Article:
What a night of figure skating. It couldn't have been more dramatic if it had been scripted.
It was the men's short program tonight (or last night, depending on what time zone you are in). First, Plushenko fell on a jump during practice[*](I initially said "practice," but I think I really meant "warm-up") and wrenched his back, pulling out of the competition (and competition in general) once and for all.[*](Or so we thought.)
On the one hand, I don't take pleasure in the suffering of others. And you could tell, by the look in his eyes and the way he was moving, that he was in considerable pain. I know a thing or two about back pain, so I can't help but sympathize.
During the past four years, part of me hoped that he wouldn't be competing in these Olympics at all, but since he did show up, I wanted him to compete in the individual competition and lose; thus the world would know, once and for all, that what happened in Vancouver was not a fluke. I don't begrudge him the decision to withdraw from competition; truth be told, an unpleasantly vindicative part of myself takes fiendish delight in the fact that there's no way that he can win another Olympic figure skating medal ever again.[*](Well, there might be a way. My lord, the man's like a cross between Brett Favre and the Energizer Bunny.) But I didn't want it to happen this way. I still think that Hanyu and Chan would have wiped the ice with him, but now we'll never know for sure, and to be honest, I feel a little bit cheated.
With that said, it's tempting to think this might be some form of karmic retribution for being such a terrible sport in Vancouver. But that's not for me to judge.
But as the saying goes, the show must go on. Shortly thereafter, the brilliant but inconsistent Jeremy Abbott had a HORRIFIC fall on his quad attempt, crashed into the boards, and just at the point when I was starting to wonder whether or not he was going to have to be carried off the ice on a stretcher, he got up to thunderous applause, and--incredibly--continued skating his program. I guess maybe he wasn't down for as long as it seemed at the time because the music never stopped playing. I expected that he must have been injured, I expected that he was going to withdraw, but he just got up, picked up a point in the music and kept going, skating the rest of the performance beautifully. It was one of the bravest, most tenacious, most amazing, most inspirational performances I've ever seen--in figure skating, in the Olympics, in life in general. And I cannot give enough credit to the Russian audience; they could not have been more gracious and more supportive in cheering him on. They were behind him all the way, and he expressly stated later that it was the fans' cheering that spurred him on. His score was respectable (though not spectacular) and his medal hopes are probably slim to none, but it doesn't really matter; that performance was a victory in itself.
Then Jason Brown came out and skated awesomely and adorably, as per usual. He's in the hunt for a medal; odds are perhaps a bit long, but I wouldn't count him out.
Then Yuzuru Hanyu came out and scored a world record-breaking short program score of 101.45. The only criticism I have of him, and it's really more of an observation than a criticism, is that his shirt coincidently (or not?) was almost the exact same shades of blue as the insignia on the boards, so there were times that he almost blended into the background. Nevertheless, he gave a standout performance.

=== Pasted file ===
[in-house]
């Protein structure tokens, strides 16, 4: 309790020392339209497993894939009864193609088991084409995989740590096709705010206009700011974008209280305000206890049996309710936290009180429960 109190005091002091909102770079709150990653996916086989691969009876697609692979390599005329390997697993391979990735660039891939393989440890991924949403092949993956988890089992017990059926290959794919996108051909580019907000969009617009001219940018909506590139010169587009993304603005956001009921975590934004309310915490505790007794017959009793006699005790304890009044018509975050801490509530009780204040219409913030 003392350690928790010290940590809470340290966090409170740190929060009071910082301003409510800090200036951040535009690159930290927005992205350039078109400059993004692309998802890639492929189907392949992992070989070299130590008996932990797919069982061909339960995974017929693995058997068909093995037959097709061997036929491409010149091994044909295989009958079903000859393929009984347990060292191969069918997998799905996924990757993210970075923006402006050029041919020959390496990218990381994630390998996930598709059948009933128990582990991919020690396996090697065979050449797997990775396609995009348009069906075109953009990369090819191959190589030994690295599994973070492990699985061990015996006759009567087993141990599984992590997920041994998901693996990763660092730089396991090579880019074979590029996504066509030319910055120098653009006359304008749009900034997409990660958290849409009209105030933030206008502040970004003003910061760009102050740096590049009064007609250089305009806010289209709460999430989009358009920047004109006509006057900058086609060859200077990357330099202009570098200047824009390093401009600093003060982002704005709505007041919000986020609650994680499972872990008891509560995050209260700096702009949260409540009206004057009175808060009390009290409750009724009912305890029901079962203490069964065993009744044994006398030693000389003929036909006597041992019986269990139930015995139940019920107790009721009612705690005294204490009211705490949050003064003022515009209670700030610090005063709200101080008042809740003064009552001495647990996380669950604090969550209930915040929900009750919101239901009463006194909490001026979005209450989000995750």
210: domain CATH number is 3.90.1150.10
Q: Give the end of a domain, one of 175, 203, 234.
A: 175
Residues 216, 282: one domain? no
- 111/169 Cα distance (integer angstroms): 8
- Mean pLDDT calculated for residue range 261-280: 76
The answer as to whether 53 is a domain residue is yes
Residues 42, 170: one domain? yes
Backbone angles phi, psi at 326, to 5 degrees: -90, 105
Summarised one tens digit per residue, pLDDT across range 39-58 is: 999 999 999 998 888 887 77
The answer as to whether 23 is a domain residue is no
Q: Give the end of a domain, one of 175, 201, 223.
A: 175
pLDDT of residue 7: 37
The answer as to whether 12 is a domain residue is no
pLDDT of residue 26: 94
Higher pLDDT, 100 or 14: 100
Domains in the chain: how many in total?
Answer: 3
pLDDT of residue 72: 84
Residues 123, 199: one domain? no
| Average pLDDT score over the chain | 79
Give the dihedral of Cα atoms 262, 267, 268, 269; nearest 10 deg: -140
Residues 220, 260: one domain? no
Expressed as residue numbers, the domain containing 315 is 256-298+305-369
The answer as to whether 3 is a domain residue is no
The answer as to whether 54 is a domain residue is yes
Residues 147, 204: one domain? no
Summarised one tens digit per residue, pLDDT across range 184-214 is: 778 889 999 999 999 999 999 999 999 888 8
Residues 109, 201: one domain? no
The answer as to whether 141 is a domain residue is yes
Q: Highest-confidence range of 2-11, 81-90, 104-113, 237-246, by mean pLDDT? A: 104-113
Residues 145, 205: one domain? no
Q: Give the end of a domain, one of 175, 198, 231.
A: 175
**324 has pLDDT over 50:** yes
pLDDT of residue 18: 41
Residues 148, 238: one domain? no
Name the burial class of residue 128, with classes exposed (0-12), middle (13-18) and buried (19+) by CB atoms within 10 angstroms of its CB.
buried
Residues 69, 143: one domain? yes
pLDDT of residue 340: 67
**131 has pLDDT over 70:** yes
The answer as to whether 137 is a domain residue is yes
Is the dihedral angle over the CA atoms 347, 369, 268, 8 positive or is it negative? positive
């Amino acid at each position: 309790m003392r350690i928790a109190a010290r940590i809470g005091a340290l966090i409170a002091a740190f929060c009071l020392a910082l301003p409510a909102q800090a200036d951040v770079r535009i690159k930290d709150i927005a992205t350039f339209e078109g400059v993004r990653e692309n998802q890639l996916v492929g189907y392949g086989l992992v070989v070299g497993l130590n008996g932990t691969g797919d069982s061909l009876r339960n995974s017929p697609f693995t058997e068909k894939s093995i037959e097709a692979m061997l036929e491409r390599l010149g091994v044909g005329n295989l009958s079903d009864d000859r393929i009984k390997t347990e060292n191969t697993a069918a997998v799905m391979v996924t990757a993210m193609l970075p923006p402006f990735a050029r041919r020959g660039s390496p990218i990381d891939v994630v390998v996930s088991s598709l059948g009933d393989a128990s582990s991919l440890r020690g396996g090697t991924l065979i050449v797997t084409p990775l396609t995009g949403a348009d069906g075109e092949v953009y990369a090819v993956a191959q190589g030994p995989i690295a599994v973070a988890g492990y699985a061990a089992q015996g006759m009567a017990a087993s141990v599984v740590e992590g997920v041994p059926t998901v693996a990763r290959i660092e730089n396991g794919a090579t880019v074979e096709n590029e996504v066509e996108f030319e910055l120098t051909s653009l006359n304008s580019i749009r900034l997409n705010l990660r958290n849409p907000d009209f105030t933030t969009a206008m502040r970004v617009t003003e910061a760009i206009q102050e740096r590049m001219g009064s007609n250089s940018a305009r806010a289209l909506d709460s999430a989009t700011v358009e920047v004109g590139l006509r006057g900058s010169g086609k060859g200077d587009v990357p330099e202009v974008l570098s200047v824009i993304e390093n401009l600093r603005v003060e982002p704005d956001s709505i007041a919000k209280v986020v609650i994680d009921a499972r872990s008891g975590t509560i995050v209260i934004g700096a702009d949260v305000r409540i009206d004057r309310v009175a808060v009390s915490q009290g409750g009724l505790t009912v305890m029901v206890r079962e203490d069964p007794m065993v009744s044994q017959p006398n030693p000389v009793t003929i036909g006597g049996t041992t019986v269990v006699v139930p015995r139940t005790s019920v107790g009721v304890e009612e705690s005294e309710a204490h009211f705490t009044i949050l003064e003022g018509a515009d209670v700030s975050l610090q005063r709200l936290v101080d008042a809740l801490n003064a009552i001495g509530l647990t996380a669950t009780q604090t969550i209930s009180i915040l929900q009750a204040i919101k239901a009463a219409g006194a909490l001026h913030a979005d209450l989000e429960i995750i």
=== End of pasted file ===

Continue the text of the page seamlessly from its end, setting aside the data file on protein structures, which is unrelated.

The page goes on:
Patrick Chan also gave a standpoint performance. He's been the man to beat for the past couple of years, but unfortunately, Patrick Chan has a nemesis: the triple axel. The quad is no problem for him, he could probably do it in his sleep, but the triple axel gives him fits. Had he landed it cleanly, he would have been neck-and-neck with Hanyu; as it is, he's about four points behind, still well within striking distance.
Then Daisuke Takahashi came out and gave a flawed but still wonderful performance. I'm just so pleased to see him here at all; I remember them saying back in 2010 that he said he thought Vancouver would be his last Olympics, yet here he is again.
Whew! And those are just the bits of the competition that I got to see, in between skeleton and crazy-people-skiing-backwards. The free skate is tomorrow, and I predict it will be a battle for bronze, although after tonight I don't know quite what to expect.
A few random thoughts before I wrap up here: there's been some naysaying about the team figure skating event, but I think that's mostly just because it's new. Personally, the only thing I don't like about it is, since everyone skates the same routines in the team event that they do in the individual disciplines, people who aren't figure skating fans, or are more casual fans, might see people skating the same routines in the same costumes and think, "Oh, I've already seen this; what else is on?" and not pay attention. But that's a minor criticism. I think that if/when they try it again, they should schedule the team event after the individual competitions, just to see if it works better. That seems to be the crux of most of the debate; not if it should be included but when it should be placed in the schedule. Personally, I can see good arguments on either side.
I have to give a lot of credit to the Russian figure skating audiences; not only are they gracious and enthusiastic, they're well educated as well. Every time someone skates to a program by a Russian composer, they applaud the choice of music. It's endearing. Granted, the US doesn't have quite the same tradition of music that Russia does, but still, you never hear US figure skating audiences go, "Yeah, Gershwin!" or "Whoo, Aaron Copeland!" They might possibly go "Yay, John Williams!" but that would probably have just as much to do with the music's association to movies than with the composer or the music itself.